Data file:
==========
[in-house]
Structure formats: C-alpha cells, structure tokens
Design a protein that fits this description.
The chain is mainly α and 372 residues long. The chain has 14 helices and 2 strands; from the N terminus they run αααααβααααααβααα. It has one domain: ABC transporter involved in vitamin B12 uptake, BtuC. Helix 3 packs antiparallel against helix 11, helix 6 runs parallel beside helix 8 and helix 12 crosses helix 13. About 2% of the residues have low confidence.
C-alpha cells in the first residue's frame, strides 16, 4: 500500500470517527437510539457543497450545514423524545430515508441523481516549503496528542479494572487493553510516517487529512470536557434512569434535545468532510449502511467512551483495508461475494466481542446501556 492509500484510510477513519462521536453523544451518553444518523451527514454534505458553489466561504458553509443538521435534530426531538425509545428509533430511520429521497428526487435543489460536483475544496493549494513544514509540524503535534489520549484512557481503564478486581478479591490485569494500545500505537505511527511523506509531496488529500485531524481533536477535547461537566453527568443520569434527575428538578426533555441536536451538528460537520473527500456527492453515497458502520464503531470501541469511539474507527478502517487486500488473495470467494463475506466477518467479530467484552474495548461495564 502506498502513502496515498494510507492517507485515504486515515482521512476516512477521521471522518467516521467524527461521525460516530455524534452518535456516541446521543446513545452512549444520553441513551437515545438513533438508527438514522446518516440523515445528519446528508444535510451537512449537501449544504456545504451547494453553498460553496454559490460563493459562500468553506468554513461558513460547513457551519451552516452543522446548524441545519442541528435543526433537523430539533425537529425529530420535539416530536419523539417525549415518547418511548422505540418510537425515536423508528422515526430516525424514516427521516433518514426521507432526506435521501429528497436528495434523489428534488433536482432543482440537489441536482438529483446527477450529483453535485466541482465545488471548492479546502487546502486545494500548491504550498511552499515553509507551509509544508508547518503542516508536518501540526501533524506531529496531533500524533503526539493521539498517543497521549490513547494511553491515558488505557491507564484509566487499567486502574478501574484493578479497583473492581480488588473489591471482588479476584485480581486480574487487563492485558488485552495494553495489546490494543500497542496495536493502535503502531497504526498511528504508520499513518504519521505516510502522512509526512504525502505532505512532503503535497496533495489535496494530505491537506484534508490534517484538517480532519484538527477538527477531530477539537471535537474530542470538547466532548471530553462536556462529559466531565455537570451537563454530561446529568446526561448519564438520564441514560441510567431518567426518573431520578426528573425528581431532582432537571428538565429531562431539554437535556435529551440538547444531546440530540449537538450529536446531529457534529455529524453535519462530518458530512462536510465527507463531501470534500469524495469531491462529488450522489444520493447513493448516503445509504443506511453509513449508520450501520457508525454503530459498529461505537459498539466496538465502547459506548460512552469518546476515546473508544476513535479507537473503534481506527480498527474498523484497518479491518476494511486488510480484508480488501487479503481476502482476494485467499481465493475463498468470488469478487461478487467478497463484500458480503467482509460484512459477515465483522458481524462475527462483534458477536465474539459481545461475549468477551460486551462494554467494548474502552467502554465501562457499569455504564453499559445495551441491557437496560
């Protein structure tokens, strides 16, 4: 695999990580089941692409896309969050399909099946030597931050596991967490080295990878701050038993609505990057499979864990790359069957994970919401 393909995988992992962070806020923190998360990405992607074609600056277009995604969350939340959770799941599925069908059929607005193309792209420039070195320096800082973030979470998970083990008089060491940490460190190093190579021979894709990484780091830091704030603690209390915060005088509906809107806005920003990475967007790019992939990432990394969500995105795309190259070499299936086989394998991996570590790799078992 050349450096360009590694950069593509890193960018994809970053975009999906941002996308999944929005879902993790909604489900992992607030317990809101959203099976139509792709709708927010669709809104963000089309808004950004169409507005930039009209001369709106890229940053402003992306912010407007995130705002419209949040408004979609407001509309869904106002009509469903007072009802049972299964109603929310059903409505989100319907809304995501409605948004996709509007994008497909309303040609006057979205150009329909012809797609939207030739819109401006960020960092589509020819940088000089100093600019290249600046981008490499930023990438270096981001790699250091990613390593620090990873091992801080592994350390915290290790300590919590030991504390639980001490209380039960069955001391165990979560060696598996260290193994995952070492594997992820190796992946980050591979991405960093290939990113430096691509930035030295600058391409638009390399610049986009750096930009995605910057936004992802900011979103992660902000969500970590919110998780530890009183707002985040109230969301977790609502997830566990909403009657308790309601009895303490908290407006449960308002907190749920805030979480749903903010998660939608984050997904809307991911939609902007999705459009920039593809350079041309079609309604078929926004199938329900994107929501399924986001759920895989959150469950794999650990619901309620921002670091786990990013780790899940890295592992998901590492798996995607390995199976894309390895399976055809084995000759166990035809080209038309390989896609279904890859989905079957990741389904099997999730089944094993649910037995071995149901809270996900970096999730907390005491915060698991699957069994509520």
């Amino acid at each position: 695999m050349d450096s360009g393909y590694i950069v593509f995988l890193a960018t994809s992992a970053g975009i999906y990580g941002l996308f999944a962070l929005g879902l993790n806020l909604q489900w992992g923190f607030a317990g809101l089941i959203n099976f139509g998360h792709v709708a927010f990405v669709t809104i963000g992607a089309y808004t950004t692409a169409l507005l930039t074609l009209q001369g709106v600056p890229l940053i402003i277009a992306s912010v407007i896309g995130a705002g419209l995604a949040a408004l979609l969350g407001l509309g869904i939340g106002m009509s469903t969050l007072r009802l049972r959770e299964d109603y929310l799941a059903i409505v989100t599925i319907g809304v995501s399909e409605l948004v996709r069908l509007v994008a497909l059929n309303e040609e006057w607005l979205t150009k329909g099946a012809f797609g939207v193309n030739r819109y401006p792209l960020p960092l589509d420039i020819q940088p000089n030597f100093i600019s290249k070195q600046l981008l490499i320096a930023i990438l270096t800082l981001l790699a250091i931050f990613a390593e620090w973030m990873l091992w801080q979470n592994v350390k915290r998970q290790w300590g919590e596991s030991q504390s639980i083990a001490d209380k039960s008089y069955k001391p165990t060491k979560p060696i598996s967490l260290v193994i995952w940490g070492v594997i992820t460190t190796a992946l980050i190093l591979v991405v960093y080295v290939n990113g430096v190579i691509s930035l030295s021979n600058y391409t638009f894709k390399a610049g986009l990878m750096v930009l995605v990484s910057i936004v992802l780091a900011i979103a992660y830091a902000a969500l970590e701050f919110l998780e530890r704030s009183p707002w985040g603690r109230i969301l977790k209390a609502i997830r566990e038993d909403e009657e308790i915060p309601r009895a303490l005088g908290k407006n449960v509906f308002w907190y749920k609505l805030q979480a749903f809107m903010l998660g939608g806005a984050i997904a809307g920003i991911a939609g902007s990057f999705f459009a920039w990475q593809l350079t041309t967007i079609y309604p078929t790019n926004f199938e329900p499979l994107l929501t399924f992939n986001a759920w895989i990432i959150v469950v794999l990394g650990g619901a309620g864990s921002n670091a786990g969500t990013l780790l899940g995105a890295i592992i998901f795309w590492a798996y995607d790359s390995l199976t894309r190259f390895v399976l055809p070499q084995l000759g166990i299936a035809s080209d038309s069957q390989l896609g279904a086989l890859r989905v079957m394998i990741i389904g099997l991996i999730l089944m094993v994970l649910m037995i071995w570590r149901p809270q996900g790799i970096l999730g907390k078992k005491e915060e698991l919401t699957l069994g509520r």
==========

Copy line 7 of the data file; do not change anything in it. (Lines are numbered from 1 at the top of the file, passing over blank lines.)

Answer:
């Amino acid at each position: 695999m050349d450096s360009g393909y590694i950069v593509f995988l890193a960018t994809s992992a970053g975009i999906y990580g941002l996308f999944a962070l929005g879902l993790n806020l909604q489900w992992g923190f607030a317990g809101l089941i959203n099976f139509g998360h792709v709708a927010f990405v669709t809104i963000g992607a089309y808004t950004t692409a169409l507005l930039t074609l009209q001369g709106v600056p890229l940053i402003i277009a992306s912010v407007i896309g995130a705002g419209l995604a949040a408004l979609l969350g407001l509309g869904i939340g106002m009509s469903t969050l007072r009802l049972r959770e299964d109603y929310l799941a059903i409505v989100t599925i319907g809304v995501s399909e409605l948004v996709r069908l509007v994008a497909l059929n309303e040609e006057w607005l979205t150009k329909g099946a012809f797609g939207v193309n030739r819109y401006p792209l960020p960092l589509d420039i020819q940088p000089n030597f100093i600019s290249k070195q600046l981008l490499i320096a930023i990438l270096t800082l981001l790699a250091i931050f990613a390593e620090w973030m990873l091992w801080q979470n592994v350390k915290r998970q290790w300590g919590e596991s030991q504390s639980i083990a001490d209380k039960s008089y069955k001391p165990t060491k979560p060696i598996s967490l260290v193994i995952w940490g070492v594997i992820t460190t190796a992946l980050i190093l591979v991405v960093y080295v290939n990113g430096v190579i691509s930035l030295s021979n600058y391409t638009f894709k390399a610049g986009l990878m750096v930009l995605v990484s910057i936004v992802l780091a900011i979103a992660y830091a902000a969500l970590e701050f919110l998780e530890r704030s009183p707002w985040g603690r109230i969301l977790k209390a609502i997830r566990e038993d909403e009657e308790i915060p309601r009895a303490l005088g908290k407006n449960v509906f308002w907190y749920k609505l805030q979480a749903f809107m903010l998660g939608g806005a984050i997904a809307g920003i991911a939609g902007s990057f999705f459009a920039w990475q593809l350079t041309t967007i079609y309604p078929t790019n926004f199938e329900p499979l994107l929501t399924f992939n986001a759920w895989i990432i959150v469950v794999l990394g650990g619901a309620g864990s921002n670091a786990g969500t990013l780790l899940g995105a890295i592992i998901f795309w590492a798996y995607d790359s390995l199976t894309r190259f390895v399976l055809p070499q084995l000759g166990i299936a035809s080209d038309s069957q390989l896609g279904a086989l890859r989905v079957m394998i990741i389904g099997l991996i999730l089944m094993v994970l649910m037995i071995w570590r149901p809270q996900g790799i970096l999730g907390k078992k005491e915060e698991l919401t699957l069994g509520r």